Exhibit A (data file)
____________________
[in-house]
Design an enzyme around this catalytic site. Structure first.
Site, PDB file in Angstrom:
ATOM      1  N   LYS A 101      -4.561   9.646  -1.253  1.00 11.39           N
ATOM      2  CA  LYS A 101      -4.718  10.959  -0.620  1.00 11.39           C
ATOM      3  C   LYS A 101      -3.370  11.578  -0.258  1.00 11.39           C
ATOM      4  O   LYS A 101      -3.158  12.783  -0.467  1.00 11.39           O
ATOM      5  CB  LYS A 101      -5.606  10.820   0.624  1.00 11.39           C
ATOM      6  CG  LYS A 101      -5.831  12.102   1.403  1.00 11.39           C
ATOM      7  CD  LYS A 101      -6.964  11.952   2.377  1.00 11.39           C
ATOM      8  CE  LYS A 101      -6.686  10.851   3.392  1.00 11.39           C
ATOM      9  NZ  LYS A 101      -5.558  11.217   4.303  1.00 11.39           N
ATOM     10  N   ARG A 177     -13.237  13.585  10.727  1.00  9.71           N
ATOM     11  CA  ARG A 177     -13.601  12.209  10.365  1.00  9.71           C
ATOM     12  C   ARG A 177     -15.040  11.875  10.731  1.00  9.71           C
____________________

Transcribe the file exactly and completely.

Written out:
[in-house]
Design an enzyme around this catalytic site. Structure first.
Site, PDB file in Angstrom:
ATOM      1  N   LYS A 101      -4.561   9.646  -1.253  1.00 11.39           N
ATOM      2  CA  LYS A 101      -4.718  10.959  -0.620  1.00 11.39           C
ATOM      3  C   LYS A 101      -3.370  11.578  -0.258  1.00 11.39           C
ATOM      4  O   LYS A 101      -3.158  12.783  -0.467  1.00 11.39           O
ATOM      5  CB  LYS A 101      -5.606  10.820   0.624  1.00 11.39           C
ATOM      6  CG  LYS A 101      -5.831  12.102   1.403  1.00 11.39           C
ATOM      7  CD  LYS A 101      -6.964  11.952   2.377  1.00 11.39           C
ATOM      8  CE  LYS A 101      -6.686  10.851   3.392  1.00 11.39           C
ATOM      9  NZ  LYS A 101      -5.558  11.217   4.303  1.00 11.39           N
ATOM     10  N   ARG A 177     -13.237  13.585  10.727  1.00  9.71           N
ATOM     11  CA  ARG A 177     -13.601  12.209  10.365  1.00  9.71           C
ATOM     12  C   ARG A 177     -15.040  11.875  10.731  1.00  9.71           C